Philadelphia’s fast-paced reclamation of its waterfront continued this fall with the opening of the Schuylkill Banks Boardwalk. The 2,000-foot-long concrete structure connects to the city’s popular Schuylkill River Trail and brings bikers and joggers directly to a pathway floating above the water. The $18 million boardwalk is more than just a novel piece of infrastructure—it is a practical way to build-out the trail and ultimately connect it to South Philadelphia. Since existing railroad tracks had eaten up too much real estate on the shore, the Schuylkill River Development Corporation decided the only way to push the path forward was to extend it over the river.
This solution didn’t come quickly: it took eight years of planning and another two of construction. And the finished product is by no means “Philly’s High Line” (the Reading Viaduct will likely take that mantle). But the boardwalk was never intended to be an architectural gem—the project did not even have an architect. The structure’s fairly austere, but practical design was overseen by the engineering and construction firms URS, Pennoni Associates, and CHPlanning.
“The Schuylkill Banks Boardwalk is a visually stunning trail segment that we are confident will soon become a popular destination for regional recreation,” said Joseph Syrnick, President and CEO of Schuylkill River Development Corporation, in a statement. “Its opening is also a major milestone in our efforts to extend the Schuylkill River Trail from Center City to Bartram’s Garden, and eventually all the way to Fort Mifflin on the Delaware.”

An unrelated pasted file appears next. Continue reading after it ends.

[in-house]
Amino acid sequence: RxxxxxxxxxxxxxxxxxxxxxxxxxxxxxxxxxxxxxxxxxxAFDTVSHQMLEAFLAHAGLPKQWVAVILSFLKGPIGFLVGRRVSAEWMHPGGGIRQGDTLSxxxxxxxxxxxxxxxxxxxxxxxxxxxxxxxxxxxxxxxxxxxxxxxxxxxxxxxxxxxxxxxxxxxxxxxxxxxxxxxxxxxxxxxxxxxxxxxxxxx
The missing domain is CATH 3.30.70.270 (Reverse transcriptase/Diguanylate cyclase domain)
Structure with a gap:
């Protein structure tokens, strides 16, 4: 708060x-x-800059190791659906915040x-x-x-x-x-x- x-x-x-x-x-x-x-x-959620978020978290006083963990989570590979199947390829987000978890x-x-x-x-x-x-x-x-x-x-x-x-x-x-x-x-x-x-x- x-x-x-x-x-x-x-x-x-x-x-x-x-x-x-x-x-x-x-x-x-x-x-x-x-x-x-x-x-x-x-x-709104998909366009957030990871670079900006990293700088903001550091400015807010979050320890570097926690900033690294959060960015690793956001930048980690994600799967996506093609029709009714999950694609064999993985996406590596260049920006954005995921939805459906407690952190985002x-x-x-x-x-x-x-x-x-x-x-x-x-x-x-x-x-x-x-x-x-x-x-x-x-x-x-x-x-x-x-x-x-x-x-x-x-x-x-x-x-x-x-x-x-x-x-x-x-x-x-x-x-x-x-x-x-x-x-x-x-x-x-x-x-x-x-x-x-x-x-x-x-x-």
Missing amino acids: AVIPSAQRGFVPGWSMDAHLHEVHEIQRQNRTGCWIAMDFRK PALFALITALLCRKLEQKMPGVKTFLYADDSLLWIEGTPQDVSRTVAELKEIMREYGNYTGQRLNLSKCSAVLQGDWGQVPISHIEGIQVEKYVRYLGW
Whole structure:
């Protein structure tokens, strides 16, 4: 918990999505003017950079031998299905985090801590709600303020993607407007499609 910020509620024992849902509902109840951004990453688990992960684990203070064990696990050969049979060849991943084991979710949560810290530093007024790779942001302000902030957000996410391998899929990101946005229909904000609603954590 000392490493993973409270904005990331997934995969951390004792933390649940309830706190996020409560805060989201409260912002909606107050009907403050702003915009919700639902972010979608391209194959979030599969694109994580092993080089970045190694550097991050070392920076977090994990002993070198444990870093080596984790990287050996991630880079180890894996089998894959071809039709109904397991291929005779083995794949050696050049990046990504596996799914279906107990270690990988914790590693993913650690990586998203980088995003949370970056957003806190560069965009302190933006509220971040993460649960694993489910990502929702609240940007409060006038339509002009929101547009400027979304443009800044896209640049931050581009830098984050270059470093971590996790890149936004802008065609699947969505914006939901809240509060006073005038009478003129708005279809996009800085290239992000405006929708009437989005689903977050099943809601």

The 15-foot-wide walkway’s deck is made of concrete to withstand extreme weather, but is etched to appear like wood planks found on a more traditional, seaside boardwalk. The path expands in width at four points creating overlooks that provide dramatic views of the city’s skyline. At night, the space is illuminated with forty-six solar-powered lights.
The Philadelphia Inquirer’s architecture critic, Inga Saffron, praised the boardwalk—saying that it could surpass the High Line—but noted that its lack of architectural style could cause problems when the crowds arrive. In short, the boardwalk’s popularity could become its biggest drawback.
In an age when cities around the globe are trying to create their own version of the High Line (Philly included), the Schuylkill Banks Boardwalk is something entirely unique. It does not have the architectural embellishments or the impressive landscape design you may expect from this type of project, but is an entirely distinct piece of infrastructure that serves its purpose. For now, those sweeping views and the ability to walk, bike, and jog over the river will have to do.